The vice chairperson of the West Bengal Minorities Commission, Professor Maria Fernandes, visited Ranaghat on Tuesday where a convent school was ransacked, robbed and a 72-year-old nun raped last week, and said she suspected the assault was motivated by the issue of "ghar wapasi" or conversion.
"If it is only to do with robbing, there was less than a lakh, the sisters told me that though it was hyped about Rs 12 lakh or Rs 6 lakh. The sisters told me today it was less than a lakh," she said.
"Second when these guys came they tied all these sisters who were younger, they tied them all in a room. They did not know what was happening to an elderly sister who is a mother figure. At the same time these guys go to places of worship, ok, the chapel which is very important and they desecrate it. They throw all the Holy Communion, they break the statue. Why do they vandalise? Don't you think this is a part of the ghar wapasi story?" she asked.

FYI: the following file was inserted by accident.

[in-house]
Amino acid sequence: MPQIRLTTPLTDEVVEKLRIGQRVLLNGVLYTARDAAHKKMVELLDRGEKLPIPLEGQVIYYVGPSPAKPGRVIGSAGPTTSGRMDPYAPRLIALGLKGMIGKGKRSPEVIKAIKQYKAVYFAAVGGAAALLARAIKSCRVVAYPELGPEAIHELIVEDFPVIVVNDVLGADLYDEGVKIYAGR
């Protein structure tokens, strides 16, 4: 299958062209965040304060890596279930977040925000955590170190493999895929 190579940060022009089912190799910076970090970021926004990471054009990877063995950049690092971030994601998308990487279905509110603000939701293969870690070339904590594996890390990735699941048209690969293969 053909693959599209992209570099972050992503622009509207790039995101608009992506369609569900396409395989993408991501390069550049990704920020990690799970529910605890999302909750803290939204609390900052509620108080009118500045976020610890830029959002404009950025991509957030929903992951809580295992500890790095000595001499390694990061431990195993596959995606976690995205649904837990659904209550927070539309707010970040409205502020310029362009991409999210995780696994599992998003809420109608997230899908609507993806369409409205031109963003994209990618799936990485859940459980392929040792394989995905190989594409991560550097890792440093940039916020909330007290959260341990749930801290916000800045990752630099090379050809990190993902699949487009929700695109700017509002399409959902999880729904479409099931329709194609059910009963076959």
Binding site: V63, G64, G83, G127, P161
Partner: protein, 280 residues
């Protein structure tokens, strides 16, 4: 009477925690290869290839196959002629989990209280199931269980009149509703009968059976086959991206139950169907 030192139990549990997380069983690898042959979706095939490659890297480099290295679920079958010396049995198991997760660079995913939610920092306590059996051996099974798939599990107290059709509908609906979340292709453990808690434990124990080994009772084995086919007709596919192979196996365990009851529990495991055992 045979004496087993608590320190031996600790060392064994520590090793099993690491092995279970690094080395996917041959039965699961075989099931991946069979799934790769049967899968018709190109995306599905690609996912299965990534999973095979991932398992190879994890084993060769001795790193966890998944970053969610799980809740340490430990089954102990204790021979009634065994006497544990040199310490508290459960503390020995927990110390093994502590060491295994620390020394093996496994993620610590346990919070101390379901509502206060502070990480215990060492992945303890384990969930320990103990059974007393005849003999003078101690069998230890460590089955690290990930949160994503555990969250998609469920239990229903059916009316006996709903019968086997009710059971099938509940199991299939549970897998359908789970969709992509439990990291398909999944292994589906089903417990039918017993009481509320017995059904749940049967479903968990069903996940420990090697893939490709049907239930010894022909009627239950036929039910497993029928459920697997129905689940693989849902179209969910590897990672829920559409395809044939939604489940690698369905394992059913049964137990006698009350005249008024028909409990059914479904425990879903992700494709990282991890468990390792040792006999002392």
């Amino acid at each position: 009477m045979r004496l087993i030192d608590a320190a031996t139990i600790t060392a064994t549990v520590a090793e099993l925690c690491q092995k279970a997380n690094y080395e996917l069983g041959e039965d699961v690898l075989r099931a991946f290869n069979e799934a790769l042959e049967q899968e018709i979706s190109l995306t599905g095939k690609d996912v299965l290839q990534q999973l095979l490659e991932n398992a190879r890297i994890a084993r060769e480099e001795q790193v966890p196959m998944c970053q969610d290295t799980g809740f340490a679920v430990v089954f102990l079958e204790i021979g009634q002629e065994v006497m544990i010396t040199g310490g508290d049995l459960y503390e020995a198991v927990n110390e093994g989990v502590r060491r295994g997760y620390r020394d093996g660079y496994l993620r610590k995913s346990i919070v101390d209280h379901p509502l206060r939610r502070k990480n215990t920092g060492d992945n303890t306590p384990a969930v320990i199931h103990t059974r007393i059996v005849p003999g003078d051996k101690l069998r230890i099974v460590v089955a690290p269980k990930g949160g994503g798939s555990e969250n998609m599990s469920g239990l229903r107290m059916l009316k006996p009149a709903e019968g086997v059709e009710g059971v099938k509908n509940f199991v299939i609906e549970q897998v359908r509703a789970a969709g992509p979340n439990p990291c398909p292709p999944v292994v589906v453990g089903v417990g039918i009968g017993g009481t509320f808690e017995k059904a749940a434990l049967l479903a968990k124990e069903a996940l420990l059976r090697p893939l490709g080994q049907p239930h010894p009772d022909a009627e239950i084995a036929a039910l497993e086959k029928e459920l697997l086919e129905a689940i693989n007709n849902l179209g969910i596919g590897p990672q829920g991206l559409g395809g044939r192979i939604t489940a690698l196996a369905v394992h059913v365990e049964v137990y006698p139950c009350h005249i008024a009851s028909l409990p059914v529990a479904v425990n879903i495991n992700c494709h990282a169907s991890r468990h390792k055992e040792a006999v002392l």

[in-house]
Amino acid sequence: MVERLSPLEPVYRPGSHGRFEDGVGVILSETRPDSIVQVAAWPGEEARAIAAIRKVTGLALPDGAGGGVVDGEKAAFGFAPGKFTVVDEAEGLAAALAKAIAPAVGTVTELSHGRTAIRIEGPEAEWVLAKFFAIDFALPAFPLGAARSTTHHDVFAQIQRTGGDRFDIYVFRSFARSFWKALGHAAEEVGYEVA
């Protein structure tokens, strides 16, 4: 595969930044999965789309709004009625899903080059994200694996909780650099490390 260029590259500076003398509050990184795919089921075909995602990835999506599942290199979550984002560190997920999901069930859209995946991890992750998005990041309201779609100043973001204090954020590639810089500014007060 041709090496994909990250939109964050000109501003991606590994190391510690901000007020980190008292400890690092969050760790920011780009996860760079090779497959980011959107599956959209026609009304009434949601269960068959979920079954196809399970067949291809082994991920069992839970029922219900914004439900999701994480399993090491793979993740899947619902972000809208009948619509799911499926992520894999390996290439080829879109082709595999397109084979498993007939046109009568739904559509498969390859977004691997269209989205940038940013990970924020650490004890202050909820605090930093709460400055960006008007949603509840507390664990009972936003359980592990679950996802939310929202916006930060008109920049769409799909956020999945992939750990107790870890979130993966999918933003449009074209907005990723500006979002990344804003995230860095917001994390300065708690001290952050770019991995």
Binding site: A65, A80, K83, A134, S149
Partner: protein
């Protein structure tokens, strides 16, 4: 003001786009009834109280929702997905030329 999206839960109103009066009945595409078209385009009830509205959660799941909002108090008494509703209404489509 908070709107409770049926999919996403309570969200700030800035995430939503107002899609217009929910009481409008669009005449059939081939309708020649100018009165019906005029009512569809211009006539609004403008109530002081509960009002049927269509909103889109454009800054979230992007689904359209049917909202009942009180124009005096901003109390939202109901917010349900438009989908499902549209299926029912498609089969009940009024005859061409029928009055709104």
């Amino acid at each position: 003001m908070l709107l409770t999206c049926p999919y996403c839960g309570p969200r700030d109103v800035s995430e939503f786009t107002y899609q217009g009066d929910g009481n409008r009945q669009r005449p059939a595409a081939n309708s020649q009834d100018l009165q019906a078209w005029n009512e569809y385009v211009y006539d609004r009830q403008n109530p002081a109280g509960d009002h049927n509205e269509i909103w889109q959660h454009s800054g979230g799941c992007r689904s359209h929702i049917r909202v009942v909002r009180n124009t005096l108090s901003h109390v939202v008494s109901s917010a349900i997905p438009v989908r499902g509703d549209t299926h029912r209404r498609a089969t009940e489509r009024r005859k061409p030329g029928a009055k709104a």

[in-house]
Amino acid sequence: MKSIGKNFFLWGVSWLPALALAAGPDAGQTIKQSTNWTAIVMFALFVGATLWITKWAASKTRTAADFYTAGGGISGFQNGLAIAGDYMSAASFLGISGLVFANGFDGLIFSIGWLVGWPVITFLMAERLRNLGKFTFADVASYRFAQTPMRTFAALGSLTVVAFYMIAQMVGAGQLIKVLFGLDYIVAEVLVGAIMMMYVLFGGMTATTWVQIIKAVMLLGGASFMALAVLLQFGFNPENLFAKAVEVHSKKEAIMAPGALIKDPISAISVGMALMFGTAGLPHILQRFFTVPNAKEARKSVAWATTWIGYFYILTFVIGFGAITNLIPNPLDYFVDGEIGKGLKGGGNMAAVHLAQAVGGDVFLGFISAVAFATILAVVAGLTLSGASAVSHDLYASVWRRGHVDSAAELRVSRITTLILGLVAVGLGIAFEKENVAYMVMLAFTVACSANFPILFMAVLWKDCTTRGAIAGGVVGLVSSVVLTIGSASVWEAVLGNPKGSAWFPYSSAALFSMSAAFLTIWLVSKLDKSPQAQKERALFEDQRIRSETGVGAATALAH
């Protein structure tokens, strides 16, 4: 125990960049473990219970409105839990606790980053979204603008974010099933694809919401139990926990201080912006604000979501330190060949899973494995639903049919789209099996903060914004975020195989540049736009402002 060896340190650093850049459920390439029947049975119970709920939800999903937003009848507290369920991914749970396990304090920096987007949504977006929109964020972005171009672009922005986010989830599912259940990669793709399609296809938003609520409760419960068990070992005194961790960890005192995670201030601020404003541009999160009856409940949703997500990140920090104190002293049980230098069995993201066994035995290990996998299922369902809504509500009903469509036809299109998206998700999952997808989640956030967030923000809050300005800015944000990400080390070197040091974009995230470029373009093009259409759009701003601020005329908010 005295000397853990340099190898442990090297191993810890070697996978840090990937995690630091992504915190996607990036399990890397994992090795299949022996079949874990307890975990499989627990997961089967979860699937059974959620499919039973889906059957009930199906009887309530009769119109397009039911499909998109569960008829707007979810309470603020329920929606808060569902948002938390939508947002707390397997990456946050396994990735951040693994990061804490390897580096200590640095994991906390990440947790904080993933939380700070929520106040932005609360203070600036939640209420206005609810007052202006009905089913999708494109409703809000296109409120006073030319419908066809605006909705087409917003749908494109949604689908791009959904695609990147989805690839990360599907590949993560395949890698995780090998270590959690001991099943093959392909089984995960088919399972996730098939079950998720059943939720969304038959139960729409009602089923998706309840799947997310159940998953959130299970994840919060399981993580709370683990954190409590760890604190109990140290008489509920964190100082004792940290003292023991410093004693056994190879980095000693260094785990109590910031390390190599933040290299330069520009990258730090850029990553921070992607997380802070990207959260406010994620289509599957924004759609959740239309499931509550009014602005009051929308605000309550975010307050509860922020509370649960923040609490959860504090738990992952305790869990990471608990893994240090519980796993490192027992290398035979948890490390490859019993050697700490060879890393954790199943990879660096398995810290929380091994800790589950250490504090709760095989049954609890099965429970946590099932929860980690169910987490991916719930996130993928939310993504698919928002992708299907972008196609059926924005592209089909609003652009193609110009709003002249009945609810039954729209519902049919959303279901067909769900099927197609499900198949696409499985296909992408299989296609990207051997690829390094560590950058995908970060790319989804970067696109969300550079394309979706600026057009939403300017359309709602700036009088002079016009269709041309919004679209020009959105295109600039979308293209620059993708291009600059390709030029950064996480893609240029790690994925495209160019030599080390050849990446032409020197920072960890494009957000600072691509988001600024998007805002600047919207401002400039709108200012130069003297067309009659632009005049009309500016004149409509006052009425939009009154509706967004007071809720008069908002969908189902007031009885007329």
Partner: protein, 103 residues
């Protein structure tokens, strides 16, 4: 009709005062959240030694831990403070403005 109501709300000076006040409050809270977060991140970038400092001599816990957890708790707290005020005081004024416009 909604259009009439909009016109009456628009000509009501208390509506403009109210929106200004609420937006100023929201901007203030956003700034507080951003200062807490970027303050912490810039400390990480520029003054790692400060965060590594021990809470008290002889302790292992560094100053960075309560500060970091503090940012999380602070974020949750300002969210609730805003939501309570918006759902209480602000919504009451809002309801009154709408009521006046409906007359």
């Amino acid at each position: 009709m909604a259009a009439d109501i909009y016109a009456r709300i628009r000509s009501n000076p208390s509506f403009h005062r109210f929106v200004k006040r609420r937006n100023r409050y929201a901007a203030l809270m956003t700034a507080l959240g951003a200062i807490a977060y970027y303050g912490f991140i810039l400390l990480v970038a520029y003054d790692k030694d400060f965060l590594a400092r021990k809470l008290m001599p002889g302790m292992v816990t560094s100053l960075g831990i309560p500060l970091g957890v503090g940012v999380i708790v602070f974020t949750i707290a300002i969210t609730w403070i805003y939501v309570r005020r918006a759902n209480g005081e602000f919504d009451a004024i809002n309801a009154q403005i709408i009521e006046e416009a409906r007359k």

"There was no politics. We wanted the chief minister to tell us what she was doing to catch the criminals. But she gave it political colour. We don't support any political party," said a former student of the convent school who now works in Dubai.
The police have not been able to arrest a single person and that, many say, is the real reason for the outrage.
The West Bengal government on its part says neighbouring states have been alerted; Ms Banerjee said the BSF too is on alert.
On Wednesday, the top Catholic bishop in India, his Eminence Baselios Cardinal Cleemis, will visit Ranaghat. He is not the Vatican's representative but is the youngest member of the Vatican conclave that elects the Pope.